Proving the Business Case for the Internet of Things

Trimble RFID reader lets tags be checked across transport spectrum

Steve Rogerson
October 7, 2015
 
Trimble has introduced a rugged, handheld computer with integrated UHF RFID capability designed to read both the rail-industry specific AEI automatic equipment identification tags and the EPC electronic product code tags used worldwide.
 
North America and some specific international markets use a UHF RFID tag system that is unique to the rail industry – AEI tags. The Juno T41 R-AEI is claimed to provide best-in-class read range, power and battery life to reading both AEI and the standard EPC tags simultaneously, so tagged rail cars and cargo such as exposed shipping pallets can be tracked across the transportation spectrum, regardless of tag standard.
 
"Trimble's fundamental focus for the rail industry is to provide solutions that drive agility, improve efficiency and provide better visibility into operations to maximise productivity," said Jim Sheldon, general manager of California-based Trimble's mobile computer division. "With the introduction of the Juno T41 R-AEI, we are now expanding our broad range to include a powerful field computer that can provide flexibility, connectivity and real-time business intelligence to the rail industry RFID tracking and asset management."
 
The AEI reader allows mobile workers to record, see and act on data in their hands in real time, instead of waiting on instruction from a back office that has received data remotely from a traditional fixed location reader dependent on rail cars moving past.
 
Mobile workers can stand as far away as 2.4m to read an AEI tag and more than 3.5m to read EPC tags. This range allows safety requirements to be met while still providing the flexibility for workers on foot walking near rail cars. It includes GSM, CDMA, Wifi and Bluetooth technology, which allows for instant connectivity between the worker in the field and back-office management.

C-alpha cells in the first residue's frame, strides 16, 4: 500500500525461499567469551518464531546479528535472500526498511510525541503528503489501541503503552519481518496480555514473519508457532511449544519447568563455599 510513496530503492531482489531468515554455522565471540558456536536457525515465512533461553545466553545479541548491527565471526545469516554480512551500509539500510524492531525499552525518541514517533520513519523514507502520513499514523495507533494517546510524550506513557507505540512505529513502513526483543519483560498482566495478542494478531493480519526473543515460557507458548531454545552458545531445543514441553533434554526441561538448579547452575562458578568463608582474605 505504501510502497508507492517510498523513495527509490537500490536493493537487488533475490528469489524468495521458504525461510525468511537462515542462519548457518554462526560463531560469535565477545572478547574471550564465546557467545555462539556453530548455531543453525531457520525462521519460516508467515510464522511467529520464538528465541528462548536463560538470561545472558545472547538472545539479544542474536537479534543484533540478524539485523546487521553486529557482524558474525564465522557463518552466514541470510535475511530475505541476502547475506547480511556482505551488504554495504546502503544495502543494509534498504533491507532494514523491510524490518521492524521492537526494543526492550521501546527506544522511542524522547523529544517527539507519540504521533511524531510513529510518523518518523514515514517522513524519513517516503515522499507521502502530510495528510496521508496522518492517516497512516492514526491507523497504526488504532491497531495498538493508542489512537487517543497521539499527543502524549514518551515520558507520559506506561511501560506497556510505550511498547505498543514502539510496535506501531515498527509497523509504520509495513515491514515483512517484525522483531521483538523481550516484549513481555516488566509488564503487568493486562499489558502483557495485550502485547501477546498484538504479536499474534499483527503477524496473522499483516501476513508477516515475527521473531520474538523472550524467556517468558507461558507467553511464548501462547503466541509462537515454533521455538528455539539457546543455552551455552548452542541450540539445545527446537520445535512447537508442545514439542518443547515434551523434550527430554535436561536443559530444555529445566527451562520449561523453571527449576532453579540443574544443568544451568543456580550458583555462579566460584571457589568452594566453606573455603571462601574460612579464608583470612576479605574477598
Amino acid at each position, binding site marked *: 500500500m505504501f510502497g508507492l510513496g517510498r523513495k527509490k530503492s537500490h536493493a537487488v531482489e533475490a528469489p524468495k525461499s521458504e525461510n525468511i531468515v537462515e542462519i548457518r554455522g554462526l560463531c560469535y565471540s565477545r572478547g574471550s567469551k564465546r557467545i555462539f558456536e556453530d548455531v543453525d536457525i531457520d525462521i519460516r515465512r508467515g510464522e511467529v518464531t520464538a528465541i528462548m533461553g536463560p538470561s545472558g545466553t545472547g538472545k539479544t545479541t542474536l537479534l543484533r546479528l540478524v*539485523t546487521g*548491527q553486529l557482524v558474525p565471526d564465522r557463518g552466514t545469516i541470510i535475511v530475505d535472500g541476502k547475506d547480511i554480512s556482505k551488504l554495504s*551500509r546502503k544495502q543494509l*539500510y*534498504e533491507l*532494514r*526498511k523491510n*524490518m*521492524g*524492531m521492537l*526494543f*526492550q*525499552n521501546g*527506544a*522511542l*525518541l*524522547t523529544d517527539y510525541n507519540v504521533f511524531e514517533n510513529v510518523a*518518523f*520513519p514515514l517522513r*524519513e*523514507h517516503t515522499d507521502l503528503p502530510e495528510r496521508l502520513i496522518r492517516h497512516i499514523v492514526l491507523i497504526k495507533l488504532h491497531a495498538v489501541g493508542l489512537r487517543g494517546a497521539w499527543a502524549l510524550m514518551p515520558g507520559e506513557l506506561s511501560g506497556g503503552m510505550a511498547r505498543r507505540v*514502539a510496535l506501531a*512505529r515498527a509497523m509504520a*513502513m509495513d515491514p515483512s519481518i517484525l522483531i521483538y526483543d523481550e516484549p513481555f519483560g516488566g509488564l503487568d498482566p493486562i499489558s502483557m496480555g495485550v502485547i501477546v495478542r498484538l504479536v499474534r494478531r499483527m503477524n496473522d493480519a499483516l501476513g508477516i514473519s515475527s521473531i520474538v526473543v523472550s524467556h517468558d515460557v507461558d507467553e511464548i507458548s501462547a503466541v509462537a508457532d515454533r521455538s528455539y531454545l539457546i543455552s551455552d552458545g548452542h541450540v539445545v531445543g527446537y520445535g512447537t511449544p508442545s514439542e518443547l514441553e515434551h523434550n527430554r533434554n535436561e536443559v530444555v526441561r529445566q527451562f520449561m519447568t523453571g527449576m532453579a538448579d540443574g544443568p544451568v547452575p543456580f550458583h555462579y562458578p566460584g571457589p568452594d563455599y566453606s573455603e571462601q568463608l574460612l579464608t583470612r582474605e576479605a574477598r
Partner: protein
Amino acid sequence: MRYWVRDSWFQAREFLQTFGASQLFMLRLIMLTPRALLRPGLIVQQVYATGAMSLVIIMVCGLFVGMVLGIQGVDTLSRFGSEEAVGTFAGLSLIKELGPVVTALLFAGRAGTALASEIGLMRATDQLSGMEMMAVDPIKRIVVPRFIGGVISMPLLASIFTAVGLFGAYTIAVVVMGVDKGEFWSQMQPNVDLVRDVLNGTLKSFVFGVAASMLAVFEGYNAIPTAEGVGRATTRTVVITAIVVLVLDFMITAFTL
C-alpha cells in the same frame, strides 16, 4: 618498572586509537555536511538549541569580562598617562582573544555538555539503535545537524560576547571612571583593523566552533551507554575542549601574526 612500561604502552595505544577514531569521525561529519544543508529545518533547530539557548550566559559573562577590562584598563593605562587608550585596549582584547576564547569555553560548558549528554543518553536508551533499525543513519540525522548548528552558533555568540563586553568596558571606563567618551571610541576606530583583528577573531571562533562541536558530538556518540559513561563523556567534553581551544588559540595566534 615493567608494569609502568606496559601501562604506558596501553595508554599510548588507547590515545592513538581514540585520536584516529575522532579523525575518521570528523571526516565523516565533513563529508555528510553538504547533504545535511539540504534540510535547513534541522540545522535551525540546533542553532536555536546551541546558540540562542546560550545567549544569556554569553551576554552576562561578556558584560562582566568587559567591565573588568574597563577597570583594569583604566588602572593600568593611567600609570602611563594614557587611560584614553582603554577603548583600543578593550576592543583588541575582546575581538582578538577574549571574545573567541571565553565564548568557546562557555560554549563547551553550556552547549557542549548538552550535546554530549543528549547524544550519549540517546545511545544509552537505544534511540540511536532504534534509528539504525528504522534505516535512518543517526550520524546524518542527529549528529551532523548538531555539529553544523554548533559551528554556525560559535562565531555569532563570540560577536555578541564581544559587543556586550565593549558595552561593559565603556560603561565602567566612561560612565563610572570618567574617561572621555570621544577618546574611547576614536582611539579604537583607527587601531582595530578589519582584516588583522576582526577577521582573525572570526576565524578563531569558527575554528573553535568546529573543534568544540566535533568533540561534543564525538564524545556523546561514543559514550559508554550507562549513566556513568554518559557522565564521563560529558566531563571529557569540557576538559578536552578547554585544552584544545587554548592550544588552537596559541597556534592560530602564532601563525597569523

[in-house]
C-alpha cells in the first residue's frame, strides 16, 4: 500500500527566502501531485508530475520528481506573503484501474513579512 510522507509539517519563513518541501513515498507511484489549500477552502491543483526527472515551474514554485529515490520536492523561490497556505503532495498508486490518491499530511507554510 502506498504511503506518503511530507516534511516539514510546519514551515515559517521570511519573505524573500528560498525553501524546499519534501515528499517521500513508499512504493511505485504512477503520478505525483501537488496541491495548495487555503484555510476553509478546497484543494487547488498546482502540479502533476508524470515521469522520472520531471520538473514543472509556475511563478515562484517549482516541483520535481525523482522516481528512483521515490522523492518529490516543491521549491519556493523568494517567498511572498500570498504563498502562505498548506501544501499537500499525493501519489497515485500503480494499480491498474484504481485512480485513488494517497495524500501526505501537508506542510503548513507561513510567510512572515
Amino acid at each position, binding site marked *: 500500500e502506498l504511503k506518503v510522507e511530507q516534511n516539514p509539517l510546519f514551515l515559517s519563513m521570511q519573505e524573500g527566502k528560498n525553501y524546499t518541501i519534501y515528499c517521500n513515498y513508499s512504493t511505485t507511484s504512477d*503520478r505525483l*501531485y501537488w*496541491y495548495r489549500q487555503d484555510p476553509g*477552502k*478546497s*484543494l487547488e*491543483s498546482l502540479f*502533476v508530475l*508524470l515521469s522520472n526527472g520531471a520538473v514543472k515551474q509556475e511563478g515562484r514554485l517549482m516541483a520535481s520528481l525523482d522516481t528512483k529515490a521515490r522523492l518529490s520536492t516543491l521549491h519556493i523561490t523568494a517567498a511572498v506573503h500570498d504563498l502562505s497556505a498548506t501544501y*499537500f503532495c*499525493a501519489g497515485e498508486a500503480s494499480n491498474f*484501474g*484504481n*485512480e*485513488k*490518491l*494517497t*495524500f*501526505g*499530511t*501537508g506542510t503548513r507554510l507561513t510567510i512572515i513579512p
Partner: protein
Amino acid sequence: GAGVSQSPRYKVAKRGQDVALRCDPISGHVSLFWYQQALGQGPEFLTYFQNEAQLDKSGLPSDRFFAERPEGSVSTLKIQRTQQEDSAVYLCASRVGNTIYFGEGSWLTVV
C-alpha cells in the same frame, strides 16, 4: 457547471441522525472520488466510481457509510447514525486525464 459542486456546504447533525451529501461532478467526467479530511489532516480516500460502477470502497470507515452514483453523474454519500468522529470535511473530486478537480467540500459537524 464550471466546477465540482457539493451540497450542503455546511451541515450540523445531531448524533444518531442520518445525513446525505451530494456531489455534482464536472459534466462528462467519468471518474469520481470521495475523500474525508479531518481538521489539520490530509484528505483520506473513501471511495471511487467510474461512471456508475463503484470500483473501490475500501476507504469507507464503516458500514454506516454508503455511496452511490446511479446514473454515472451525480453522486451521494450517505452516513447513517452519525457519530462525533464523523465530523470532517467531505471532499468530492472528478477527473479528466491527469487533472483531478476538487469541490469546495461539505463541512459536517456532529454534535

The device can read tags in any direction or orientation where the reader is pointed. It offers a customised power transmission up to +30dBm (1W) for RFID collection and reading applications. It includes enhanced GPS technology for accuracy of one to two metres for use with UHF RFID.
 
Not only a rail RFID reader, it is also a handheld computer designed to provide the field computing power necessary to manage a wide variety of work requirements. With either a Microsoft Windows or Android operating system, the handheld computer can be used with rail business applications already in place.
 
With its 11cm sunlight-readable, Gorilla Glass capacitive display screen and 32Gbyte flash memory, it enables mobile workers in the rail yard to fill out forms, read and write documents and instructions, make notes, take pictures or videos and send them in real time. Users can share and retrieve data seamlessly from anywhere in the rail yard with wireless connectivity.
 
A software development kit and APIs assist with integration of the handheld computer into company software applications. Secure business applications can run on the device and the Android version can run third-party applications designed for Android 4+ level products.
 
With an IP68 rating, the model meets requirements for dust and water protection and also military-grade standards of ruggedness for drops, temperature, altitude, humidity extremes, vibration, chemical exposure and shock. In addition, it can operate in environments from -30 to +60ËšC.